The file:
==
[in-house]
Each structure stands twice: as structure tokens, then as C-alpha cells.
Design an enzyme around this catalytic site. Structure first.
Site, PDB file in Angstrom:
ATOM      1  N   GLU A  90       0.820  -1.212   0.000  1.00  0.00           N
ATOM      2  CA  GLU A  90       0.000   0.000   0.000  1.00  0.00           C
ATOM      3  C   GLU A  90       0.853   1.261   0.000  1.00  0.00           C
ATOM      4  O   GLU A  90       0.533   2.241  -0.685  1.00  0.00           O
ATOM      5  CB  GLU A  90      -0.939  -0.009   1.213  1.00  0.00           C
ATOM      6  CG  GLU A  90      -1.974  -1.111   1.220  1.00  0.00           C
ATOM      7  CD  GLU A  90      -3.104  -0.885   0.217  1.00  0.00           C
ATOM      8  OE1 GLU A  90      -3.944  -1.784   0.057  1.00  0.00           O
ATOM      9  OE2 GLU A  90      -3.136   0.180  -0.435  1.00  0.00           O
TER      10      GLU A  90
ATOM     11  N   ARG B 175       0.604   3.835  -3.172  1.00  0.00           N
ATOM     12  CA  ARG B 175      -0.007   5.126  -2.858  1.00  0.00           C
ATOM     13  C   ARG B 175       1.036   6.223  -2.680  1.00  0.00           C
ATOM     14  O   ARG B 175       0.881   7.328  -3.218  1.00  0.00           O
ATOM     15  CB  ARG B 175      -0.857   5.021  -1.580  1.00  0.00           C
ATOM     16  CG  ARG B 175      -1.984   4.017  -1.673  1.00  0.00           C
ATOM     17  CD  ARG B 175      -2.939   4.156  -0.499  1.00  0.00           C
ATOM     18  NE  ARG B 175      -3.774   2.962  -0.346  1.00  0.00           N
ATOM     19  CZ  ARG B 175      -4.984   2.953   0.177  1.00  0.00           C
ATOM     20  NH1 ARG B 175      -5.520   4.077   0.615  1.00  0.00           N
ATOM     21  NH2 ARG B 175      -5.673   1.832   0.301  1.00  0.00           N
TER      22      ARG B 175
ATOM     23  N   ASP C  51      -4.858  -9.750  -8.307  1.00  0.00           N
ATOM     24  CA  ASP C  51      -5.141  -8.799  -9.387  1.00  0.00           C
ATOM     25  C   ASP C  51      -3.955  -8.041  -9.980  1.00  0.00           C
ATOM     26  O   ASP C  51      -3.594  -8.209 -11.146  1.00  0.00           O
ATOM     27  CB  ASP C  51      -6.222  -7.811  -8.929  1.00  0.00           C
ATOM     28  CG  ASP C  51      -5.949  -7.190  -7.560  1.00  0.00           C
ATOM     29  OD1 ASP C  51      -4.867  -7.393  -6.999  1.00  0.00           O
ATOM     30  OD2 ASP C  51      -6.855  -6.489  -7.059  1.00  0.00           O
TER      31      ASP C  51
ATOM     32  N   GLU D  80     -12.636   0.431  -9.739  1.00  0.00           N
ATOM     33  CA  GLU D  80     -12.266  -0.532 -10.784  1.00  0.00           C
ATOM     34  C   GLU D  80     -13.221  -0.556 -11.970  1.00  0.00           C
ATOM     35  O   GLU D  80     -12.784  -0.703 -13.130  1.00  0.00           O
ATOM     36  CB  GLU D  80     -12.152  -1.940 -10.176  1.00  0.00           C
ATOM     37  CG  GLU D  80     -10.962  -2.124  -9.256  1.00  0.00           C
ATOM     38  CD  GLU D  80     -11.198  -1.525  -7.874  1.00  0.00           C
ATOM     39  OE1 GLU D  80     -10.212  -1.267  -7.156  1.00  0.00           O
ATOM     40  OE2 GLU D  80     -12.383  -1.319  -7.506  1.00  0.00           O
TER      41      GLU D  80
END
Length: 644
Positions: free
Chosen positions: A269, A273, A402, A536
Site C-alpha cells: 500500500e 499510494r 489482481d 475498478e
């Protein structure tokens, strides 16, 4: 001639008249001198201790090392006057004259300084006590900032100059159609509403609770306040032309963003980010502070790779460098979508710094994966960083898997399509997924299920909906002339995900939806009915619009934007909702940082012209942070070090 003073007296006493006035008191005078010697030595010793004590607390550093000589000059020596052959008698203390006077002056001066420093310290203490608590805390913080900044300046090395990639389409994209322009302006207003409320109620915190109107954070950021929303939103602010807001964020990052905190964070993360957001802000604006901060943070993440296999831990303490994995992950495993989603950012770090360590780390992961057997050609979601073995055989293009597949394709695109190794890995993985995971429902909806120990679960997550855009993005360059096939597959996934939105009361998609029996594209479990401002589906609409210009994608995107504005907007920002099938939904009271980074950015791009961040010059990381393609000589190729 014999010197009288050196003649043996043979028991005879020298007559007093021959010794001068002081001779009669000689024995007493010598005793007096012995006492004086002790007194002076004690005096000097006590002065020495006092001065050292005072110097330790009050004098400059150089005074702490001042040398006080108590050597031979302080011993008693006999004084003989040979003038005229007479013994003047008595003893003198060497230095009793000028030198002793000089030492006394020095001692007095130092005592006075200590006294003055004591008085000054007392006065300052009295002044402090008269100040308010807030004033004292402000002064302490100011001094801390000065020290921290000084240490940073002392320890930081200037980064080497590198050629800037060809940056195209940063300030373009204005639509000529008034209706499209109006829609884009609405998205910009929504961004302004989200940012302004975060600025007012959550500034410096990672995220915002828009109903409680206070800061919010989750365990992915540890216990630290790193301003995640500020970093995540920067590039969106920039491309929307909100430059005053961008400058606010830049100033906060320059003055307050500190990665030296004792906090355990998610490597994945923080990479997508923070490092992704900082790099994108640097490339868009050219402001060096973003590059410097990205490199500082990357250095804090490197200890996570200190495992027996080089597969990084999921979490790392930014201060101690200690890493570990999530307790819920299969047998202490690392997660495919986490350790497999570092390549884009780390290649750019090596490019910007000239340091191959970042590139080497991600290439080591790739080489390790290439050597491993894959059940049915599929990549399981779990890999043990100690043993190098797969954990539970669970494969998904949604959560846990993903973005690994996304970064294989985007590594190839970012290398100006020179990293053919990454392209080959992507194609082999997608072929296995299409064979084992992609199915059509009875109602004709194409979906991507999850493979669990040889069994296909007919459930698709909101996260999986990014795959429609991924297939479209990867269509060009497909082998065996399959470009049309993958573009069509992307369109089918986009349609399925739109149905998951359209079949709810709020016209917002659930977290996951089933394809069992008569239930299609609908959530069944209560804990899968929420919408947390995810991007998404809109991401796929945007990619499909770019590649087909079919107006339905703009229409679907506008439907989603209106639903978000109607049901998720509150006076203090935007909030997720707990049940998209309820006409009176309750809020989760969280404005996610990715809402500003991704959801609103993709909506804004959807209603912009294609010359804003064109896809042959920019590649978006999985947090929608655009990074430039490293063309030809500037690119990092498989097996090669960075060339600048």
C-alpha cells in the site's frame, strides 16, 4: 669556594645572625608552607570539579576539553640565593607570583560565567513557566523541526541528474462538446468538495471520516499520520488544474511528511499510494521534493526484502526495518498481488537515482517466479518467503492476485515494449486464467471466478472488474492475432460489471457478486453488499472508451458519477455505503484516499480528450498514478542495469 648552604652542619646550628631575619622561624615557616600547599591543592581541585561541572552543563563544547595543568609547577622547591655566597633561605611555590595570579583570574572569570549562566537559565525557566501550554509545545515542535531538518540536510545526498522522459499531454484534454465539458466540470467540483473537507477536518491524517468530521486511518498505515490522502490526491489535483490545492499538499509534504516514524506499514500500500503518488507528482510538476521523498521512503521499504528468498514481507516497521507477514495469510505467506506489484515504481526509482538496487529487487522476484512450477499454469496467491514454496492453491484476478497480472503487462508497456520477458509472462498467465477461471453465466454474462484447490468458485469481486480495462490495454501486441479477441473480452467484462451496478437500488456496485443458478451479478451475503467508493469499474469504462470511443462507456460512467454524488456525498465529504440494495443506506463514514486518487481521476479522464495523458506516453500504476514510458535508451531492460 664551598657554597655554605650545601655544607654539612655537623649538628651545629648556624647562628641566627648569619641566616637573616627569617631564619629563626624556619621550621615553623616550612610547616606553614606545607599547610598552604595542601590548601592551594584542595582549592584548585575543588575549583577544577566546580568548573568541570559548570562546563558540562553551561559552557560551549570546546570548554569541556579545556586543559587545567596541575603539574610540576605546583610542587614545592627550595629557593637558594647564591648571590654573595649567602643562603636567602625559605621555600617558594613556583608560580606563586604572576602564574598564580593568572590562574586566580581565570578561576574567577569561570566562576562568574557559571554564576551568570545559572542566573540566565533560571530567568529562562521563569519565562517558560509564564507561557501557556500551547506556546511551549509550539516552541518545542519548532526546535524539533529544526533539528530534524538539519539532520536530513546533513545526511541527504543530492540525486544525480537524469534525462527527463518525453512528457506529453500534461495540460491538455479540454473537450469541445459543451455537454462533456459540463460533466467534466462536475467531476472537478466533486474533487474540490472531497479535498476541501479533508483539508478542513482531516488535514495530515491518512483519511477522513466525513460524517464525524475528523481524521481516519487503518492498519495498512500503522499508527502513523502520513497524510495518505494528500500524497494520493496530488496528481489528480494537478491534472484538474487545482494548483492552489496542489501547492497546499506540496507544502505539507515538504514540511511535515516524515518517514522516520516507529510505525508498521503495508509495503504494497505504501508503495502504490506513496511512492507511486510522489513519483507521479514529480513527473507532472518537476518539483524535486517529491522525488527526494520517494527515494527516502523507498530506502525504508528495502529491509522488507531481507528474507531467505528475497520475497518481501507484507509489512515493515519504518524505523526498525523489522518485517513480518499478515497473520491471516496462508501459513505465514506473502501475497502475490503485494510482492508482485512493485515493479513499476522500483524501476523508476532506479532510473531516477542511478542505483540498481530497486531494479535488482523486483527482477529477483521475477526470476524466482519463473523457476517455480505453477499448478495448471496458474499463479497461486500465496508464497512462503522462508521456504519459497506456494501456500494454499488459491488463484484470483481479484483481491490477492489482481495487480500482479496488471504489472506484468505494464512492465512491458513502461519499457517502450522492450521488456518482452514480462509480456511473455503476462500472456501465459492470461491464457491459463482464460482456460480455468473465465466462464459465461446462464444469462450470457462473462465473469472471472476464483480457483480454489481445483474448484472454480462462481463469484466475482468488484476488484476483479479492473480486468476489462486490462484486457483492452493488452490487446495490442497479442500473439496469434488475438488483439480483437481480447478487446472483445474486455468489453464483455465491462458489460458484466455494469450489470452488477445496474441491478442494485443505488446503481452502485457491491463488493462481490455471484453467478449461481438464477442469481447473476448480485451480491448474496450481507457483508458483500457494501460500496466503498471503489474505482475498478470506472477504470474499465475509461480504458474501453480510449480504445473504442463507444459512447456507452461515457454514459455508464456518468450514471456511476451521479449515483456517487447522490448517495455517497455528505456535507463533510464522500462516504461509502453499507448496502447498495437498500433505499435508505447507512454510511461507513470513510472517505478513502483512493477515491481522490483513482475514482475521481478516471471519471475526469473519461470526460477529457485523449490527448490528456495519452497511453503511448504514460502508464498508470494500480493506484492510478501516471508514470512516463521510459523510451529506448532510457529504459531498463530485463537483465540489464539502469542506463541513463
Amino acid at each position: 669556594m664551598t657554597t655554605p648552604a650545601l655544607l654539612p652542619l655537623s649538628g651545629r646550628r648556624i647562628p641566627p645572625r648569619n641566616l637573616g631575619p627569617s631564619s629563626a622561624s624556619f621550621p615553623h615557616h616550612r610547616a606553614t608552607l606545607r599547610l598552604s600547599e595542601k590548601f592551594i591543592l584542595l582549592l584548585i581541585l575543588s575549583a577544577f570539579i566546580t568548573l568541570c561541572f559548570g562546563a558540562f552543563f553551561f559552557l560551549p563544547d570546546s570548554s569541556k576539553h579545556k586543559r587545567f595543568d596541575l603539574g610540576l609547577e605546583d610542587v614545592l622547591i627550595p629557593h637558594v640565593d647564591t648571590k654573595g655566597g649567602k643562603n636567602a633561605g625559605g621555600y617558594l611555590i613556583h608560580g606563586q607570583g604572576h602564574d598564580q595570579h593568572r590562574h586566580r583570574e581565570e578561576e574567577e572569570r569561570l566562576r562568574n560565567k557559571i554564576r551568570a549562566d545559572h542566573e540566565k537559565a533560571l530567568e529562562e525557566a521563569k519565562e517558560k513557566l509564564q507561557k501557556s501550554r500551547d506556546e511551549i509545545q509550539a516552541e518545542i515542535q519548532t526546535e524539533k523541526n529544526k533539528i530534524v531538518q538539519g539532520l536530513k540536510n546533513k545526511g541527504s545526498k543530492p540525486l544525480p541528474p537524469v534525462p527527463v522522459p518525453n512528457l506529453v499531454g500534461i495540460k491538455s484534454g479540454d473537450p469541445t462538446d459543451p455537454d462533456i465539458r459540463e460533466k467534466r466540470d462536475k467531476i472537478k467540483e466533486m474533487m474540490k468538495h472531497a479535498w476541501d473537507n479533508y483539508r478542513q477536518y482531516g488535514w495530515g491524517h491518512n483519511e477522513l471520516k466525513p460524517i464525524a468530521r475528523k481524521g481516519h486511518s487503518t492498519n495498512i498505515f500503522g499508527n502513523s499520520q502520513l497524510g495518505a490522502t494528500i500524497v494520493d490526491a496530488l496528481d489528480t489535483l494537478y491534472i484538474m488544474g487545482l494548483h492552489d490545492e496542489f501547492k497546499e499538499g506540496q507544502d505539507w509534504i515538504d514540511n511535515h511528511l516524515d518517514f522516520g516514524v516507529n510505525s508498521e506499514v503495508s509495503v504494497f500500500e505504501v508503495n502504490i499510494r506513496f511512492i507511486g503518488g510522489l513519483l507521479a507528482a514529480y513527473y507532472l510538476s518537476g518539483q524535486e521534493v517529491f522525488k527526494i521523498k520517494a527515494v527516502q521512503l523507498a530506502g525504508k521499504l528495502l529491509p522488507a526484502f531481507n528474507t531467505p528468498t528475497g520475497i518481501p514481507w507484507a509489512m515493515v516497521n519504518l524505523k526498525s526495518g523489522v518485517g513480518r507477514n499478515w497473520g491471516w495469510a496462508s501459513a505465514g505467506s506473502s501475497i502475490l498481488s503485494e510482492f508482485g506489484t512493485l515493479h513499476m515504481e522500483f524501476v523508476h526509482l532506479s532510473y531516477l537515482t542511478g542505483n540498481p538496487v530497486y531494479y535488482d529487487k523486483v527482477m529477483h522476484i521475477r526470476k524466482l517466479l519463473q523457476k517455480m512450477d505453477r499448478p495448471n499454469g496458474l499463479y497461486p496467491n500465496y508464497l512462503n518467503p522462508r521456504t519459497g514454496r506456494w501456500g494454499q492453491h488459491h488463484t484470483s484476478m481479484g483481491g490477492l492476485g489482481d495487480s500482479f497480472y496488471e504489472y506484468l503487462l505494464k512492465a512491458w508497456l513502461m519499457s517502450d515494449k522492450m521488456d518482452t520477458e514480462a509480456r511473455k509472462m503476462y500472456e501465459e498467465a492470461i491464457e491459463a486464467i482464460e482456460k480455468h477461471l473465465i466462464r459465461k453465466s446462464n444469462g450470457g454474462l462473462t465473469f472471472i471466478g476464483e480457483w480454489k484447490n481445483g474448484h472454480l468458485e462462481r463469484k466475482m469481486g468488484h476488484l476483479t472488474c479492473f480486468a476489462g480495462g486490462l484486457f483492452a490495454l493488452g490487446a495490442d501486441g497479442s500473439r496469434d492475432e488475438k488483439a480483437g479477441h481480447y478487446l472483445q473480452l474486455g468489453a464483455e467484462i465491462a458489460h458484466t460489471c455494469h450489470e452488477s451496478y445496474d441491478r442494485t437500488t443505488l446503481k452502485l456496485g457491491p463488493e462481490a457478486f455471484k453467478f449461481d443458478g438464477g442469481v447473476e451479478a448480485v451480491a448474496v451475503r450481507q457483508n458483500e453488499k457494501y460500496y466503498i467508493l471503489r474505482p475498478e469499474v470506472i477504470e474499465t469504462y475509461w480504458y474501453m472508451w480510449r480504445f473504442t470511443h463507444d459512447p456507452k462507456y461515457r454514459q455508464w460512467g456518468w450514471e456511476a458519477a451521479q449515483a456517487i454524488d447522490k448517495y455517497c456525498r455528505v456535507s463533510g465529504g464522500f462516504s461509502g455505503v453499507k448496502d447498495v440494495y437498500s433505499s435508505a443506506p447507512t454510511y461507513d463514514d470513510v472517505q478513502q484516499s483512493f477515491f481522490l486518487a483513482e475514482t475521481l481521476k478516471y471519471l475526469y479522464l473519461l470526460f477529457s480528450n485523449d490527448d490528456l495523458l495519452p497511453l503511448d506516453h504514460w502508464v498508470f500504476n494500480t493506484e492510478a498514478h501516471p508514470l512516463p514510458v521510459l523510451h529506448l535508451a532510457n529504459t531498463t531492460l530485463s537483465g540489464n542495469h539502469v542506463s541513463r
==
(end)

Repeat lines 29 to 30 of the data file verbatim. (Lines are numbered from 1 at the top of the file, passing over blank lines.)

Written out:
ATOM     25  C   ASP C  51      -3.955  -8.041  -9.980  1.00  0.00           C
ATOM     26  O   ASP C  51      -3.594  -8.209 -11.146  1.00  0.00           O